Refugees Mohammedans line up outside police station in Greece waiting to be arrested in order to claim asylum
These journalists were hounded on all fronts before their deaths including malicious lawsuits to stop them investigating. I empathise.
The journalists killed in EU member states in the past year
When the Spanish Christian monarchs Ferdinand and Isabella recaptured Granada on January 2, 1492, they ended almost eight centuries of jihad ravages (described by Bertrand in 1934, and in 2016 here) — massacres, pillage, mass enslavement, and deportation — and the grinding imposition of Sharia by Spain’s various pious Muslim conquerors, and rulers. Bertrand’s unsparing narrative describes the bitter, chronic fate of Spain’s Christians under Islam, both those fully subjugated and the populations never entirely subdued in the semi-autonomous northern regions:
The Christians of the interior were mastered. They had lost their leaders and their principal centers of resistance. The armies of the Caliph, the Arab and Berber chieftains, had massacred them, burned them out and pillaged them to the best of their ability. Thus decimated and humiliated, they nevertheless continued to exist, in a furtive and more or less precarious way of life …
The Christians of the North scarcely knew the meaning of repose, security, or any of the amenities of life. They were continually at war with their Musulman [Muslim] neighbors. It was the fatality of that Arab conquest, a superficial and hasty conquest, never carried through to the end, that it had divided the country into two irreducible camps: that of the replete, and that of the hungry; those who held the best soil, and those who were relegated to the mountains or to desert plains…[The Muslims] interposed a desert between themselves and the Christians, and made a waste of the region which lay on the left bank of the latter [Duero] river. This was what they called “the Great Desert.” …
To keep the Christians in their place it did not suffice to surround them with a zone of famine and devastation. It was necessary also to go and sew terror and massacre among them. Twice a year, in spring and autumn, an army sallied forth from Cordova to go and raid the Christians, destroy their villages, their fortified posts, their monasteries and their churches, except when it was a question of expeditions of larger scope, involving sieges and pitched battles. In cases of simply punitive expeditions, the soldiers of the Caliph confined themselves to destroying harvests and cutting down trees. Most of the time they took the field to win booty. A district was allowed to re-people itself and be brought under cultivation; then it was suddenly fallen upon. Workers, harvesters, fruits and cattle were seized.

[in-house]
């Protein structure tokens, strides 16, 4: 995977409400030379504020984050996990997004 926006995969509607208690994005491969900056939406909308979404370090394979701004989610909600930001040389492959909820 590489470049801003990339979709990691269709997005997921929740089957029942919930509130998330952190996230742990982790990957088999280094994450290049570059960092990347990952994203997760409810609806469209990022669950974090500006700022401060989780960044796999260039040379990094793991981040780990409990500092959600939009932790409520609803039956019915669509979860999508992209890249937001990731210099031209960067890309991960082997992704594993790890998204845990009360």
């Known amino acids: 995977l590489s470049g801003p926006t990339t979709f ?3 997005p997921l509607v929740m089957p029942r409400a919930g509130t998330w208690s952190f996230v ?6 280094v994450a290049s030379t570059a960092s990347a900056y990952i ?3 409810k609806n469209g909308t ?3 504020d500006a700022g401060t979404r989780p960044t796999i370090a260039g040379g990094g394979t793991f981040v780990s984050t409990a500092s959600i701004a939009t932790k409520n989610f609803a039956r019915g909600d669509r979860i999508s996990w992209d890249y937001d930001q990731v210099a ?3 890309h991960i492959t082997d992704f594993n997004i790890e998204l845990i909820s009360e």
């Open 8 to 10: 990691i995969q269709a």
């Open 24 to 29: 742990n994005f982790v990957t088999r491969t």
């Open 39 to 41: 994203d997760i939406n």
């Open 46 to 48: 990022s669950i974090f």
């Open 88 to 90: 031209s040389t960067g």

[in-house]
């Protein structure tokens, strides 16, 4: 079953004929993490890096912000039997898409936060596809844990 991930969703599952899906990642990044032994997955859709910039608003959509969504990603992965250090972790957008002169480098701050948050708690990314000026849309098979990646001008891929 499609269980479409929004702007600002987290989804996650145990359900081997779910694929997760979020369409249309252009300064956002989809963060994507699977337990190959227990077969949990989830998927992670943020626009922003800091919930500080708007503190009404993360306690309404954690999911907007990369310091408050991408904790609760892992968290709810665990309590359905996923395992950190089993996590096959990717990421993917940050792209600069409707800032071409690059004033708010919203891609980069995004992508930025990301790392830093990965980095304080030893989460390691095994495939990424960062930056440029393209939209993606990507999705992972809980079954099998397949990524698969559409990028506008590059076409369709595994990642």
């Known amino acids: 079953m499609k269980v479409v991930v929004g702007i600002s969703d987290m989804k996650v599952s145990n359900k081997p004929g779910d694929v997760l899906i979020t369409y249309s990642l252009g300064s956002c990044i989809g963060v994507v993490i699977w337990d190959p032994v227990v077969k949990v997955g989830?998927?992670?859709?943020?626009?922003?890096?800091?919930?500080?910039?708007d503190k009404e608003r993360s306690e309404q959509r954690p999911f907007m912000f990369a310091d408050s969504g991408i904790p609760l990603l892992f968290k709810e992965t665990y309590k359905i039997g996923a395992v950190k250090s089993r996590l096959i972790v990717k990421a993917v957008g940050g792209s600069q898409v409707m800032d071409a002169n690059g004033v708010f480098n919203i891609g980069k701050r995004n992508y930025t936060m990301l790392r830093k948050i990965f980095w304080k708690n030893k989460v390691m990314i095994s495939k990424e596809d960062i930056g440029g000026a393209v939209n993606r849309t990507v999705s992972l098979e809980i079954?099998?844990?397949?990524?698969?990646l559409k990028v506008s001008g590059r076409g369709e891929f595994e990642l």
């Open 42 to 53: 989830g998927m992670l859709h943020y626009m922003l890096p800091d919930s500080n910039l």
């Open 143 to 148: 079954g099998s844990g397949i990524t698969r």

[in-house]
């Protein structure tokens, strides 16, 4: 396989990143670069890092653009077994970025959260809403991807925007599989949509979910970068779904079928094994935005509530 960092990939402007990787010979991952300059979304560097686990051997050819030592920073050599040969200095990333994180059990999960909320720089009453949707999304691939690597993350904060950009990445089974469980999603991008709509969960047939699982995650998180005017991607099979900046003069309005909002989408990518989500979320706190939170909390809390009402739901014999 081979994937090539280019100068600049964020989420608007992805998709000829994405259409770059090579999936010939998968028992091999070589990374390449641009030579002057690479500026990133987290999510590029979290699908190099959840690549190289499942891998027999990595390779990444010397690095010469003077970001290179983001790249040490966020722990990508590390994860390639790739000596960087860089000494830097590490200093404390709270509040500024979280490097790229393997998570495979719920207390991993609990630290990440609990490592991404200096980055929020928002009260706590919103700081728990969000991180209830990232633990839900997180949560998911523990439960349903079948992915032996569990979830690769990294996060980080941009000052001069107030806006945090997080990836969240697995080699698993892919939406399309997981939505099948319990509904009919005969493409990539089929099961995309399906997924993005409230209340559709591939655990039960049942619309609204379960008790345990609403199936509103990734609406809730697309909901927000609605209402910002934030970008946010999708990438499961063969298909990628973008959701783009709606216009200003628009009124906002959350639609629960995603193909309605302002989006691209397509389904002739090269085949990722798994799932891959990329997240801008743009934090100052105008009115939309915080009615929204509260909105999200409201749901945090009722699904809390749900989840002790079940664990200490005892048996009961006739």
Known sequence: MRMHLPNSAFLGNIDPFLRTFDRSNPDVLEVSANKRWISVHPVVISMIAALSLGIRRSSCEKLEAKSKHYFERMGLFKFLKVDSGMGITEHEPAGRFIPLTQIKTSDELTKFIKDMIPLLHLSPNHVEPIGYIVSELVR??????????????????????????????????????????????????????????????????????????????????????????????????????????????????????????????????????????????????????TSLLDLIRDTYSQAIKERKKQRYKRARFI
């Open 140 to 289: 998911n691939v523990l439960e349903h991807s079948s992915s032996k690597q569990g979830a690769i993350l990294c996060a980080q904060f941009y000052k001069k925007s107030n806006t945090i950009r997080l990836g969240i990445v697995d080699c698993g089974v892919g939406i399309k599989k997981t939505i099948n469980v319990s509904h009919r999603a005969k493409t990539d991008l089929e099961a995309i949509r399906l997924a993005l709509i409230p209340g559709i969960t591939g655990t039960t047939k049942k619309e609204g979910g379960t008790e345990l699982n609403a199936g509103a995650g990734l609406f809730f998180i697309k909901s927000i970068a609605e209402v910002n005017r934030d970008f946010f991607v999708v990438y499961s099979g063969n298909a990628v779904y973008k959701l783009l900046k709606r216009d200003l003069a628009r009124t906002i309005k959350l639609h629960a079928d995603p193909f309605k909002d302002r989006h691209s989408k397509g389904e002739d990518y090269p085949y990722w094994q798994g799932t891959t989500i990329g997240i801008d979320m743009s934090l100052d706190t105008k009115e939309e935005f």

If one bears in mind that this brigandage was almost continual, and that this fury of destruction and extermination was regarded as a work of piety — it was a holy war against the infidels — it is not surprising that whole regions of Spain should have been made irremediably sterile. This was one of the capital causes of the deforestation from which the [Iberian] Peninsula still suffers. With what savage satisfaction and in what pious accents do the Arab annalists tell us of those at least bi-annual raids!
A typical phrase for praising the devotion of a Caliph is this: “he penetrated into Christian territory, where he wrought devastation, devoted himself to pillage, and took prisoners. After that he brought the Musulmans back to Cordova safe and sound and laden with booty.” Abd er Rhaman [r. 912-961 A.D.], in the course of a campaign in Navarre, “did not fail, whenever a Christian retreat was to be found in the neighborhood, to carry destruction there and deliver the surrounding countryside to incendiarism, so that the Christian territory was ravaged by the flames to an extent often square miles.”